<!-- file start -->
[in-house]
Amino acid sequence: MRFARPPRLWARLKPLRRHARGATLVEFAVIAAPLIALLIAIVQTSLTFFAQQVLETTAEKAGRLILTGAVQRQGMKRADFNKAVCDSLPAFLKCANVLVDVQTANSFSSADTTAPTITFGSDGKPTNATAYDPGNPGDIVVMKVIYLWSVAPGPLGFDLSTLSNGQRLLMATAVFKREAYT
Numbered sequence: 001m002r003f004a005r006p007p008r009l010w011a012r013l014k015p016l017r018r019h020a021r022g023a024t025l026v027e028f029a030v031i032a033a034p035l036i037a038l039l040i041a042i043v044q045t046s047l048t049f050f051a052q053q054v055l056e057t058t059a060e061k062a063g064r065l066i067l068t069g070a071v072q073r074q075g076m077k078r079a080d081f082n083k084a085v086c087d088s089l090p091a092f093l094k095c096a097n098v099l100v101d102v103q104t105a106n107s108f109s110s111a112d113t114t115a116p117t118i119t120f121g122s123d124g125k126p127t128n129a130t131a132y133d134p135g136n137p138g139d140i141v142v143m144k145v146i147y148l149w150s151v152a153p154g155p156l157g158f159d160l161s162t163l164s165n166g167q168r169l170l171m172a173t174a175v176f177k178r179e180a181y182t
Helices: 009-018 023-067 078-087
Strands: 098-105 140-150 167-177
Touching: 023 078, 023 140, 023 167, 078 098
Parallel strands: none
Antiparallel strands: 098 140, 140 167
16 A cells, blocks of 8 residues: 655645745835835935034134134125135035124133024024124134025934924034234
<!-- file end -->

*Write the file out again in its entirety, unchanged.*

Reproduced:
[in-house]
Amino acid sequence: MRFARPPRLWARLKPLRRHARGATLVEFAVIAAPLIALLIAIVQTSLTFFAQQVLETTAEKAGRLILTGAVQRQGMKRADFNKAVCDSLPAFLKCANVLVDVQTANSFSSADTTAPTITFGSDGKPTNATAYDPGNPGDIVVMKVIYLWSVAPGPLGFDLSTLSNGQRLLMATAVFKREAYT
Numbered sequence: 001m002r003f004a005r006p007p008r009l010w011a012r013l014k015p016l017r018r019h020a021r022g023a024t025l026v027e028f029a030v031i032a033a034p035l036i037a038l039l040i041a042i043v044q045t046s047l048t049f050f051a052q053q054v055l056e057t058t059a060e061k062a063g064r065l066i067l068t069g070a071v072q073r074q075g076m077k078r079a080d081f082n083k084a085v086c087d088s089l090p091a092f093l094k095c096a097n098v099l100v101d102v103q104t105a106n107s108f109s110s111a112d113t114t115a116p117t118i119t120f121g122s123d124g125k126p127t128n129a130t131a132y133d134p135g136n137p138g139d140i141v142v143m144k145v146i147y148l149w150s151v152a153p154g155p156l157g158f159d160l161s162t163l164s165n166g167q168r169l170l171m172a173t174a175v176f177k178r179e180a181y182t
Helices: 009-018 023-067 078-087
Strands: 098-105 140-150 167-177
Touching: 023 078, 023 140, 023 167, 078 098
Parallel strands: none
Antiparallel strands: 098 140, 140 167
16 A cells, blocks of 8 residues: 655645745835835935034134134125135035124133024024124134025934924034234